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ROYAL AIR FORCE TRAINING COLLEGE CRANWELL

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A military airfield, originally opened in 1916 as a RNAS base (HMS Daedalus). In 1929-1933 the airfield became an important RAF training college; Royal Air Force College Cranwell, which is the Royal Air Force's equivalent of Sandhurst.
The First World War airfield had been first used by the Royal Naval Air Service, for fixed wing and airships. It had hutted accommodation at West Camp. In 1918 a Training Depot Station for the Royal Flying Corps as well as a Radio Training School were established at the site. The training college was built between 1929 and 1933 (for details see TF 04 NW 39 and TF 04 NW 40). The cadet training college was intended as a self contained site situated north of the B1429 road. New domestic buildings replaced the old hutting at West Camp in 1933-1934 (for the extant examples of this phase see SK 94 NE 30, SK 94NE 31 and TF 04 NW 41). The airfield and its buildings are considered to have been well planned and designed to a high standard, in response to the recommendations of the Royal Fine Art Commission made in 1932.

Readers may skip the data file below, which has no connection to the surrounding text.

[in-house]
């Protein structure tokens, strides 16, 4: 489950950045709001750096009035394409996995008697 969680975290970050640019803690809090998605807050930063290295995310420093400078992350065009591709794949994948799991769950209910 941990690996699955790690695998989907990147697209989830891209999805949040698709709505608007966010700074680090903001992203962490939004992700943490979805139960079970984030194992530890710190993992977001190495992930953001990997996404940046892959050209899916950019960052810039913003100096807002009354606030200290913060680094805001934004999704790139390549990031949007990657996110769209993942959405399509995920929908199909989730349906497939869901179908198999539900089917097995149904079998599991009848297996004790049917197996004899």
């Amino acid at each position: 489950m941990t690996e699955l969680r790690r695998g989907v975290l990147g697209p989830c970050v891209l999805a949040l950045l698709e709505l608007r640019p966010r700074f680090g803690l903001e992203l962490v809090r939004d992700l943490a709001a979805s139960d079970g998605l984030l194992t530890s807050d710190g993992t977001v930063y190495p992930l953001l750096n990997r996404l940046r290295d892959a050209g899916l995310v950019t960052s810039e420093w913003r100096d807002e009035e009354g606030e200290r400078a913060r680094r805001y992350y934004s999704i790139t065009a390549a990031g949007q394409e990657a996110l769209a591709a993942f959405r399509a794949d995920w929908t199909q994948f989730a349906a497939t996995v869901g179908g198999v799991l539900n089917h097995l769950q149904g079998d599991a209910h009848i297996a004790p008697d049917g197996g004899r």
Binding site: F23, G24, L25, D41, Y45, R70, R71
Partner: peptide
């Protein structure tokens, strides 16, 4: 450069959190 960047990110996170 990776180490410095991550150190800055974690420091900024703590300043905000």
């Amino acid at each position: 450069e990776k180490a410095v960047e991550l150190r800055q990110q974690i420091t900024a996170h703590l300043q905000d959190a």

The airfield has two flying fields, one near the college to the north of the B1429 road (Cranwell North), and another to the south of the road (Cranewell South). During the Second World War the airfield to the north had grass landing surfaces, whilst the south landing strips were a mixture of grass with some asphalt. There were two Type C, four Bellman and five Blister aircraft hangars. Accommodation was located mainly on the north site. The wartime Radio School was located on the south site. In the course of the war the base was used by a number of training units and also functioned as a supplies depot. By December 1944 there were 10,766 personnel stationed at the base. Post -war the training function continued. The south flying field was updated in 1954 with concrete runways and apron to allow use by Meteor and Vampire jet aircraft. New technical and domestic buildings were constructed between 1960 and 1964.

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